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Hosts Tom Temin and Emily Kopp bring you the latest news affecting the federal community each weekday morning, featuring interviews with top government executives and contractors. Listen live from 6 to 9 a.m. or download archived interviews below.
Data leaks happen - then what?
Monday - 1/17/2011, 9:40am EST
Senior Internet Editor
Agencies face cyber threats from all sides now. It's not just outside hackers that pose a threat.
Internal threats can be just as devastating, if not more.
Rodney Joffe, Senior Vice President and Senior Technologist at Neustar, told Federal News Radio the biggest insider threat isn't the technology. "It's almost always a human problem," said Joffe.
Choose your employees carefully. Run those background checks, then make sure you provide training on the impact of losses. "One of the best things that managers can do is to get employees to understand what the real impact is when you lose."
Then, said Joffe, make sure when you have security processes and training in place, "you pound the impact into employees and you make sure that they comply." Joffe said he has repeatedly seen that after a certain amount of time, employees start to take shortcuts, like not locking computers, and managers allow it.
Then there's the idea of slamming the lid down. "I think one of the things you really have to think about as a manager," said Joffe, "is being able to protect the data itself on a need to know basis. I mean we laugh about that in the classified world; 'it's need to know.' But that's really very important. Most data is easily identifiable in terms of who should be aware of it, so restrict who knows about it. Restrict who has access to it. And make sure you keep it like that."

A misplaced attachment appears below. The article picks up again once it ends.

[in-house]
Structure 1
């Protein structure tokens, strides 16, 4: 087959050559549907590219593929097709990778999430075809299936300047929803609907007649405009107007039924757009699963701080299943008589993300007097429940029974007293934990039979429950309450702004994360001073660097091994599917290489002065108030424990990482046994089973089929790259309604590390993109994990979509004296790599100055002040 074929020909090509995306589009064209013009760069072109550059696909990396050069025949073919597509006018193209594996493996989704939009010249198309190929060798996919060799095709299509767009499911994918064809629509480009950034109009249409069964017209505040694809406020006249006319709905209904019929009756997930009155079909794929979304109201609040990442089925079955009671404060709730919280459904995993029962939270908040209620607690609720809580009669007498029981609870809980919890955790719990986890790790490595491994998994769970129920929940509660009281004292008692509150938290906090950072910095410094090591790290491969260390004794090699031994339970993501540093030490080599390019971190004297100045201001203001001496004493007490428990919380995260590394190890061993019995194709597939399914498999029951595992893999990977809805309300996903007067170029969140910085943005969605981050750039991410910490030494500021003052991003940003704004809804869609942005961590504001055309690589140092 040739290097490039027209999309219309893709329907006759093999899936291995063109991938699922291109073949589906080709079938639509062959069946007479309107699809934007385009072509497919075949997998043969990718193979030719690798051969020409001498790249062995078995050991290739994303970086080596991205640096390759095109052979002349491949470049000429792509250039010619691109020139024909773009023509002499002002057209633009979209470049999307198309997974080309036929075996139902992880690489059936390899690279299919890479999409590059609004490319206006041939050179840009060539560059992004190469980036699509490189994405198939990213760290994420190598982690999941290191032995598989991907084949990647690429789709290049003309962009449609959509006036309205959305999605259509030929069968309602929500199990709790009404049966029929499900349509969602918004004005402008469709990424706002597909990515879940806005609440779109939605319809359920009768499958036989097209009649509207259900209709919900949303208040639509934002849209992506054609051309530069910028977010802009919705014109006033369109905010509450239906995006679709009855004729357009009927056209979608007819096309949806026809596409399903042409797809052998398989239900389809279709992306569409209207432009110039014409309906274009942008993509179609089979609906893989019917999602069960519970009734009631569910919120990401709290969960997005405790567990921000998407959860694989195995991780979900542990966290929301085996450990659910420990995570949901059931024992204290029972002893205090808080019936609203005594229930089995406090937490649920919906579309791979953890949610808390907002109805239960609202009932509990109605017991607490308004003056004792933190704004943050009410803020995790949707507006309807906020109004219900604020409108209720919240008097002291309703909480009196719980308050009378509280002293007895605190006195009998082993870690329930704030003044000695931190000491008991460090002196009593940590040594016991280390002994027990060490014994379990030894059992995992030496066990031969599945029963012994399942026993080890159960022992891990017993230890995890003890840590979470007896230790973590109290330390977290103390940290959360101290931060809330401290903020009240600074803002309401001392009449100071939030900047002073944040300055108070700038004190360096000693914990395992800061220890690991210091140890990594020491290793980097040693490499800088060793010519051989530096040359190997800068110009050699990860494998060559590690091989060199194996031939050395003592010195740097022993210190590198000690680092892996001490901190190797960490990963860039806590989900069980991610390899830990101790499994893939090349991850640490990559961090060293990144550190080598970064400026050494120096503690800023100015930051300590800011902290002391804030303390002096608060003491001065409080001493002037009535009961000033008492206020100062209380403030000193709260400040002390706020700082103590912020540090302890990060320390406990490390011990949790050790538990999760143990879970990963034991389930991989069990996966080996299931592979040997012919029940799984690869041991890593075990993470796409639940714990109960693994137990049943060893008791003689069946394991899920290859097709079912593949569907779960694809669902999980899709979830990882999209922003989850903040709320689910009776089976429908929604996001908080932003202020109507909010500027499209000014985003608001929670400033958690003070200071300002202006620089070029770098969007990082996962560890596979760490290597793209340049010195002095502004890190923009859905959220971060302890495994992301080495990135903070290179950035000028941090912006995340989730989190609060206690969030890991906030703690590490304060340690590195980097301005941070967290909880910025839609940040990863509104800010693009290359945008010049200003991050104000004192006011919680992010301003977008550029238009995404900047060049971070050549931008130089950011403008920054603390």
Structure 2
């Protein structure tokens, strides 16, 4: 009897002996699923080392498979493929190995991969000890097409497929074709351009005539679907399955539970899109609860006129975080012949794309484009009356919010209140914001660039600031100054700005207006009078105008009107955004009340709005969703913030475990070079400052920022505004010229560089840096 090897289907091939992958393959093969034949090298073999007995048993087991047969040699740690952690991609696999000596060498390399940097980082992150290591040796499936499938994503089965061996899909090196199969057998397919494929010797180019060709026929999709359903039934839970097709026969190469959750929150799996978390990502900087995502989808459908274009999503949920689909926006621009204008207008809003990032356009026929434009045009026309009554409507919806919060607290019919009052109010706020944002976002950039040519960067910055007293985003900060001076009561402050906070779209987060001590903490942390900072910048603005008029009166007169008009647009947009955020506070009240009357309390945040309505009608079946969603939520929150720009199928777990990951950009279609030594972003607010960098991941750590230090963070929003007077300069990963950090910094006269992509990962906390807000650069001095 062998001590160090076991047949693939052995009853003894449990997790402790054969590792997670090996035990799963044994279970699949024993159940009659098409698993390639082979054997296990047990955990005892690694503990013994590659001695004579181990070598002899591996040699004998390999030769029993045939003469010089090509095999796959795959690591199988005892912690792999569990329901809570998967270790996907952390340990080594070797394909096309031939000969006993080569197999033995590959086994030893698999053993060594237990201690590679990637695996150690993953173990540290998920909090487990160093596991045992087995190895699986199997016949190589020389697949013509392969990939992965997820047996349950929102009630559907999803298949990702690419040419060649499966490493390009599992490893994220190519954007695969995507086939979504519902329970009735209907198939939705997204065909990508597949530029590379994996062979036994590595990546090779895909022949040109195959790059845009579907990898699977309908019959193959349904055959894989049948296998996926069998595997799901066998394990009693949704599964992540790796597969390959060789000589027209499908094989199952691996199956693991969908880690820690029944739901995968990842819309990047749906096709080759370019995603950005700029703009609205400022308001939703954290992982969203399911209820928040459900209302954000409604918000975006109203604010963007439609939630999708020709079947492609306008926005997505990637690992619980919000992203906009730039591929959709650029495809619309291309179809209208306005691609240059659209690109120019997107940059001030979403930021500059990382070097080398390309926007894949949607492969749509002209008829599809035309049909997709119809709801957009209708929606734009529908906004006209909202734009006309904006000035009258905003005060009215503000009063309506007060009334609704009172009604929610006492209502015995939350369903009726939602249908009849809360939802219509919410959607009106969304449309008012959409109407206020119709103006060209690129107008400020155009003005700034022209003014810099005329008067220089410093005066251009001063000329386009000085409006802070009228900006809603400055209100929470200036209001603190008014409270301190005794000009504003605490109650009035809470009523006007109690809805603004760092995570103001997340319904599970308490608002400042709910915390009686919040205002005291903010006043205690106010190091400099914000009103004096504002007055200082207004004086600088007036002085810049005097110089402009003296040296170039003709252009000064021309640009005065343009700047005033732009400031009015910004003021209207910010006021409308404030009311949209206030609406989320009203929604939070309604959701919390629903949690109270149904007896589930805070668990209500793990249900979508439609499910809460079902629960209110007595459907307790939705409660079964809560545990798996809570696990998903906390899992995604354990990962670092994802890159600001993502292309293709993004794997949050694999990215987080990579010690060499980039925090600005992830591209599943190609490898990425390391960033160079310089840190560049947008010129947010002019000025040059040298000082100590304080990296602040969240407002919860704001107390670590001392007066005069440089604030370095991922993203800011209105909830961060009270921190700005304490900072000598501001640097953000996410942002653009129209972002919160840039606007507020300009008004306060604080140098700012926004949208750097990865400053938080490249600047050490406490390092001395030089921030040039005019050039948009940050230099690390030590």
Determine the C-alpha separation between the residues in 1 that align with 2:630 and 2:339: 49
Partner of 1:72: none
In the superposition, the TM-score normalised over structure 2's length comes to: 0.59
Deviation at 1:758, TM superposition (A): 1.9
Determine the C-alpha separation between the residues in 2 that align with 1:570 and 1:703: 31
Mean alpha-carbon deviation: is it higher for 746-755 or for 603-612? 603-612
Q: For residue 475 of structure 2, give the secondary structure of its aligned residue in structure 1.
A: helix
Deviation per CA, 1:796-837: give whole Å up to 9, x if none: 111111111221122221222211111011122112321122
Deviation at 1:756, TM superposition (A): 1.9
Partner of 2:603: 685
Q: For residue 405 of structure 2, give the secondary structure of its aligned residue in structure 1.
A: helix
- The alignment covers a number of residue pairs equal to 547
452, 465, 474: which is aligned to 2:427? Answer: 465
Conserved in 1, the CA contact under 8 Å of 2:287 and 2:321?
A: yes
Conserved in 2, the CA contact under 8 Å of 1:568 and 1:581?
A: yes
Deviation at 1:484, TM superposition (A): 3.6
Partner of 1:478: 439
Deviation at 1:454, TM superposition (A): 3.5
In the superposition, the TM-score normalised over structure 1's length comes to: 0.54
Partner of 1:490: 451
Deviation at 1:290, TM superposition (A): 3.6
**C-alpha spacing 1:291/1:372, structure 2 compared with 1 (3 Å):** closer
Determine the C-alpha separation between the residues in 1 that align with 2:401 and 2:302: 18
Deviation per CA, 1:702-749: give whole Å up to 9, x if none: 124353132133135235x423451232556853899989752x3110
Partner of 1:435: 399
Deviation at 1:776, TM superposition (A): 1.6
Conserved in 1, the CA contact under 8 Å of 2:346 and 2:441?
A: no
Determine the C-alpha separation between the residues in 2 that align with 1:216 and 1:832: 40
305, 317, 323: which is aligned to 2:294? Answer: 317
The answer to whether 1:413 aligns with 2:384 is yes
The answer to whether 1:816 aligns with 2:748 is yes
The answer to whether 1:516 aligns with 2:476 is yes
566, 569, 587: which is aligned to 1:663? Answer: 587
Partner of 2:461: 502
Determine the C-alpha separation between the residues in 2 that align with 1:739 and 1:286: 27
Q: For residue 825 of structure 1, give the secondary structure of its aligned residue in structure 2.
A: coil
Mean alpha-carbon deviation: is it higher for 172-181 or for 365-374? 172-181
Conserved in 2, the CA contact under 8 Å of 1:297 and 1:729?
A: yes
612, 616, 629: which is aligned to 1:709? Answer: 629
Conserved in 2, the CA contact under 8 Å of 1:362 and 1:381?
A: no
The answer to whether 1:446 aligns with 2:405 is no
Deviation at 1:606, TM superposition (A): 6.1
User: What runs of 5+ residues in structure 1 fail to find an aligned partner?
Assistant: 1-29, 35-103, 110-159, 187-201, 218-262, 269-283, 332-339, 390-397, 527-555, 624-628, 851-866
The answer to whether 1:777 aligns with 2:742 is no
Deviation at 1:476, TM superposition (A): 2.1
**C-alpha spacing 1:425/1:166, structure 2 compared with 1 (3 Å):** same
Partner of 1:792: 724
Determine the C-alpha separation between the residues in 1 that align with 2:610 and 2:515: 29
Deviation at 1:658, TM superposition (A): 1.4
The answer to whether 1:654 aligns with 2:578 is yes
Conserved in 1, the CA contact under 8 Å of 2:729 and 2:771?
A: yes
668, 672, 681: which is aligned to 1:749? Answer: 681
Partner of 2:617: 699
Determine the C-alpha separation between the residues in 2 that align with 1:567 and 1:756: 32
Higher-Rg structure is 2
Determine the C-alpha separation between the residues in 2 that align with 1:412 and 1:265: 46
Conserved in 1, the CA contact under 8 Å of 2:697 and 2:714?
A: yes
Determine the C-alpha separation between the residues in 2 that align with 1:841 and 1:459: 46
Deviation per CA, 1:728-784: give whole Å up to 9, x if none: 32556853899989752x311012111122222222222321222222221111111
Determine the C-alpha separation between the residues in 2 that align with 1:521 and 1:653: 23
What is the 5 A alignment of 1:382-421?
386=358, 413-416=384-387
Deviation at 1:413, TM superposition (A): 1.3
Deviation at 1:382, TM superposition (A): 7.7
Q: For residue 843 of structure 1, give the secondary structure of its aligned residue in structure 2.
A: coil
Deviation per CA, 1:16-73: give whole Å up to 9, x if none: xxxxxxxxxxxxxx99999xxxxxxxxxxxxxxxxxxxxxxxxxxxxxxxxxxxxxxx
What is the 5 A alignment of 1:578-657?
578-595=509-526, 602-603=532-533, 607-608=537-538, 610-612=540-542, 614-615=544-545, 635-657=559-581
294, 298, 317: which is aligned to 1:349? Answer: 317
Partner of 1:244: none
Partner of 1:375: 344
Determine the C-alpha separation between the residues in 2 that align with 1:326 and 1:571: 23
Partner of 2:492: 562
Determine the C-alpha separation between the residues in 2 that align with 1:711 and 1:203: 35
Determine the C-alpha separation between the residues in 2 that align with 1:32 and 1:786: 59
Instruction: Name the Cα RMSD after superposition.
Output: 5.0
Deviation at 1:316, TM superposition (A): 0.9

After all is said and done, said Joffe, understand that the best you can hope for is to lessen the threat. "You can have the best background checks in the world, things are going to happen."
You really have to start from the point of view that with everything in place, if you follow all the rules and all the regulations and all the best practices, you will still have leaks. What you really need to do as a manager is, once you accept the fact that one day you will have a leak, you want to make sure you have processes in place to detect the leaks and to mitigate the damage as soon as possible.
Joffe made it clear he wasn't just talking about your network detecting the leaks. "I've yet to see in any of the meetings that I go to where employees who are trusted employees actually get checked for taking equipment or data out of premises. You can't do that. So even though you may have systems internally to detect leaks that go out from a network point of view, you really have to take care of the physical side of it, and the human side of it, and I don't know how you do that."
For more, including why monitoring in the outside world is important, listen to the entire interview at the top of this page.